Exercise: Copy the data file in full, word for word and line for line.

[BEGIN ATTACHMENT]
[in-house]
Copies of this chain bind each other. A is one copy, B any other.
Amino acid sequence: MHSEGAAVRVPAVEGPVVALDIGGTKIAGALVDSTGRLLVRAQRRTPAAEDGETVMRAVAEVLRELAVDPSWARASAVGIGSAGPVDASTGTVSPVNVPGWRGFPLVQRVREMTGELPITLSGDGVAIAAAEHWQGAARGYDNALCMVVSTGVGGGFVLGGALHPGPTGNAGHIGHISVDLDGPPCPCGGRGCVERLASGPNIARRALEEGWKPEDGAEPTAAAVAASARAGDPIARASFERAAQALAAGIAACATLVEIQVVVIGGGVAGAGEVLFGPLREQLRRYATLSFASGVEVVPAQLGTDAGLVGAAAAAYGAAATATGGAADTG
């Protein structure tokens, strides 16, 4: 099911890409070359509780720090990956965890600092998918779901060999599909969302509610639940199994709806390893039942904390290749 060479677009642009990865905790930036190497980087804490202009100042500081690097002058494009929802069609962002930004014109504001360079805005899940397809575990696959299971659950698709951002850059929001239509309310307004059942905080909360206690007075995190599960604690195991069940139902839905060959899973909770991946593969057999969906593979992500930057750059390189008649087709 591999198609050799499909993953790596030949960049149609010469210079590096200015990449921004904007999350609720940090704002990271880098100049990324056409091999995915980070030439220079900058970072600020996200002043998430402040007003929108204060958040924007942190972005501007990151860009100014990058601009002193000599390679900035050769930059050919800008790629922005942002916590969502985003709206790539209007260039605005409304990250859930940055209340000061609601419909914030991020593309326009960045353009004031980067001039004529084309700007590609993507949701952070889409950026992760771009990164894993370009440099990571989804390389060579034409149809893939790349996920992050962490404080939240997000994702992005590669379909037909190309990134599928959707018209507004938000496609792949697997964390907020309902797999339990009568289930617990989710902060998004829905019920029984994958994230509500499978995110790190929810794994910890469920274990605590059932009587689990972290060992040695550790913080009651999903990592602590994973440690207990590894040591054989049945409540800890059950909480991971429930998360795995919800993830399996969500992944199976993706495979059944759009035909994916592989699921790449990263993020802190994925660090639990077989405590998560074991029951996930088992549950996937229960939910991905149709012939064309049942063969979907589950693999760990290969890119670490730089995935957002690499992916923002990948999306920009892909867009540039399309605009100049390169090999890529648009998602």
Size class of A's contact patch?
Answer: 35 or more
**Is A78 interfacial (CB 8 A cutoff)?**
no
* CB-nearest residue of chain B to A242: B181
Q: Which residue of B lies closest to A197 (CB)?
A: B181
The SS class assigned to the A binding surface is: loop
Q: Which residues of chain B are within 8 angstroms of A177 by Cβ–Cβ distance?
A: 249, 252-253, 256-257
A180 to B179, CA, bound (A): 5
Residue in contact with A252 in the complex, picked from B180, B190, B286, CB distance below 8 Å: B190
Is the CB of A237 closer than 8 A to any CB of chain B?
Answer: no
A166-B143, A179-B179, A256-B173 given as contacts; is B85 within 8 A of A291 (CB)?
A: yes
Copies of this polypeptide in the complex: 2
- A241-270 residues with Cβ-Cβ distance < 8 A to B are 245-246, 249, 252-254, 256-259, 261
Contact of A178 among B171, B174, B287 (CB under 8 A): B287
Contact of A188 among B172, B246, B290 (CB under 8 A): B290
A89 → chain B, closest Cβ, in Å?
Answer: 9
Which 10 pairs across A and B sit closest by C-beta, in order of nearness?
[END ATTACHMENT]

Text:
[in-house]
Copies of this chain bind each other. A is one copy, B any other.
Amino acid sequence: MHSEGAAVRVPAVEGPVVALDIGGTKIAGALVDSTGRLLVRAQRRTPAAEDGETVMRAVAEVLRELAVDPSWARASAVGIGSAGPVDASTGTVSPVNVPGWRGFPLVQRVREMTGELPITLSGDGVAIAAAEHWQGAARGYDNALCMVVSTGVGGGFVLGGALHPGPTGNAGHIGHISVDLDGPPCPCGGRGCVERLASGPNIARRALEEGWKPEDGAEPTAAAVAASARAGDPIARASFERAAQALAAGIAACATLVEIQVVVIGGGVAGAGEVLFGPLREQLRRYATLSFASGVEVVPAQLGTDAGLVGAAAAAYGAAATATGGAADTG
């Protein structure tokens, strides 16, 4: 099911890409070359509780720090990956965890600092998918779901060999599909969302509610639940199994709806390893039942904390290749 060479677009642009990865905790930036190497980087804490202009100042500081690097002058494009929802069609962002930004014109504001360079805005899940397809575990696959299971659950698709951002850059929001239509309310307004059942905080909360206690007075995190599960604690195991069940139902839905060959899973909770991946593969057999969906593979992500930057750059390189008649087709 591999198609050799499909993953790596030949960049149609010469210079590096200015990449921004904007999350609720940090704002990271880098100049990324056409091999995915980070030439220079900058970072600020996200002043998430402040007003929108204060958040924007942190972005501007990151860009100014990058601009002193000599390679900035050769930059050919800008790629922005942002916590969502985003709206790539209007260039605005409304990250859930940055209340000061609601419909914030991020593309326009960045353009004031980067001039004529084309700007590609993507949701952070889409950026992760771009990164894993370009440099990571989804390389060579034409149809893939790349996920992050962490404080939240997000994702992005590669379909037909190309990134599928959707018209507004938000496609792949697997964390907020309902797999339990009568289930617990989710902060998004829905019920029984994958994230509500499978995110790190929810794994910890469920274990605590059932009587689990972290060992040695550790913080009651999903990592602590994973440690207990590894040591054989049945409540800890059950909480991971429930998360795995919800993830399996969500992944199976993706495979059944759009035909994916592989699921790449990263993020802190994925660090639990077989405590998560074991029951996930088992549950996937229960939910991905149709012939064309049942063969979907589950693999760990290969890119670490730089995935957002690499992916923002990948999306920009892909867009540039399309605009100049390169090999890529648009998602």
Size class of A's contact patch?
Answer: 35 or more
**Is A78 interfacial (CB 8 A cutoff)?**
no
* CB-nearest residue of chain B to A242: B181
Q: Which residue of B lies closest to A197 (CB)?
A: B181
The SS class assigned to the A binding surface is: loop
Q: Which residues of chain B are within 8 angstroms of A177 by Cβ–Cβ distance?
A: 249, 252-253, 256-257
A180 to B179, CA, bound (A): 5
Residue in contact with A252 in the complex, picked from B180, B190, B286, CB distance below 8 Å: B190
Is the CB of A237 closer than 8 A to any CB of chain B?
Answer: no
A166-B143, A179-B179, A256-B173 given as contacts; is B85 within 8 A of A291 (CB)?
A: yes
Copies of this polypeptide in the complex: 2
- A241-270 residues with Cβ-Cβ distance < 8 A to B are 245-246, 249, 252-254, 256-259, 261
Contact of A178 among B171, B174, B287 (CB under 8 A): B287
Contact of A188 among B172, B246, B290 (CB under 8 A): B290
A89 → chain B, closest Cβ, in Å?
Answer: 9
Which 10 pairs across A and B sit closest by C-beta, in order of nearness?